Gerard Lee, a writer, actor and director, graduated with an M.Phil in Creative Writing from the Oscar Wilde Centre at Trinity College Dublin in 2007. He has published poetry in journals such as Poetry London, An Sionnach (Creighton University Press), Poetry Ireland Review, The Stony Thursday Book, Southword and The SHOp. He has been a contributor to Sunday Miscellany on RTÉ Radio 1 and is included in The Best of Sunday Miscellany 1995-2000. His work was also included in Incorrigibly Plural (Lemon Soap Press). He was selected as a part of Poetry Ireland’s Introductions series in 2007. He has recently completed work on a collection titled The Gift of Nails.
His play on a meeting between Sir William Wilde and James Clarence Mangan, Mangan’s Last Gasp, was performed to critial acclaim in Bewley’s Café Theatre in 2013, and another play A New Day was presented at the same venue in May 2014.
Gerard originally trained as an actor at the Samuel Beckett Centre in Trinity College Dublin. Theatre performances include The Flaying of Marsyas by Joe O’Byrne (Flat Lake Festival), Operation Easter by Donal O’Kelly for Calypso Theatre Company, Behind the Green Curtain for O’Casey Theatre Co., Uncle Vanya for Field Day (Gate), Woyzeck, The Sinking of the Titanic, Tales from the Vienna Woods, Cabaret/Kabarett (with Agnes Bernelle) and Departed, all for Co-Motion, Hades and Epic with Upstate. He appeared in The Poor Mouth at the Edinburgh Theatre Festival. where the show won the Guardian Critic’s Award. He also appeared in Berlin Alexanderplatzat the Edinburgh Festival, where he played Franz Biberkopf. Other theatre work includes The Billy Club Puppets for Peter Sheridan and The Salvage Shop (Garter Lane) for Jim Nolan.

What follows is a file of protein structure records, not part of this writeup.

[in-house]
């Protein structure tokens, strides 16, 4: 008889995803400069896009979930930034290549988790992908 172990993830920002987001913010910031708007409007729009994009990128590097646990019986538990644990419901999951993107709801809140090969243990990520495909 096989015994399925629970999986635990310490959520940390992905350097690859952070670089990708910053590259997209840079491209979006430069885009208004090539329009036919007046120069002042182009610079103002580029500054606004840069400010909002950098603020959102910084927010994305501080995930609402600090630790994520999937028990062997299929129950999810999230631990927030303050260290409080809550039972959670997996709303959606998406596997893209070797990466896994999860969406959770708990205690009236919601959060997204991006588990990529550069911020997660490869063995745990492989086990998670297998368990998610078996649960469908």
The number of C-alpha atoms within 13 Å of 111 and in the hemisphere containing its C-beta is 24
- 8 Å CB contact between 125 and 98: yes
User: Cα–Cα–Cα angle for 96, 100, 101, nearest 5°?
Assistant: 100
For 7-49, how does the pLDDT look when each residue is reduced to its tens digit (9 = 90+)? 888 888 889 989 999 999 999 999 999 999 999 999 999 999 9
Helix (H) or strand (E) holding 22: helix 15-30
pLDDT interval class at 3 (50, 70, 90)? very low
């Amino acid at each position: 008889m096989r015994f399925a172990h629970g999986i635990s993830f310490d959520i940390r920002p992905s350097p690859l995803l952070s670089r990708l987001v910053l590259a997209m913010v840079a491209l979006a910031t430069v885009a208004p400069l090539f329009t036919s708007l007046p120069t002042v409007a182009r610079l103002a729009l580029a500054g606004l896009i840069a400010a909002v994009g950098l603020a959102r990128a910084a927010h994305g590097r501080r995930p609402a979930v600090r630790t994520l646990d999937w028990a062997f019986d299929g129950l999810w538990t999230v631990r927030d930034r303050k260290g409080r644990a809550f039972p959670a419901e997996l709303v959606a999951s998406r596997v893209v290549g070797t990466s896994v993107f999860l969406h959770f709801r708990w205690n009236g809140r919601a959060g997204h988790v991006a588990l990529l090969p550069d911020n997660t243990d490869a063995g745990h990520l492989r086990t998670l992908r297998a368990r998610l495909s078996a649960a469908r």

Television and film acting credits include Father Ted, Mattie, Kilinaskully, Fair City, Proof 2, Glenroe, Vicious Circle, Rough Diamond, Ordinary Decent Criminal and Angela’s Ashes.
Gerard worked for a number of years in residential care, with young people living apart from their families. He has been active in developing youth arts with socially marginalised young people.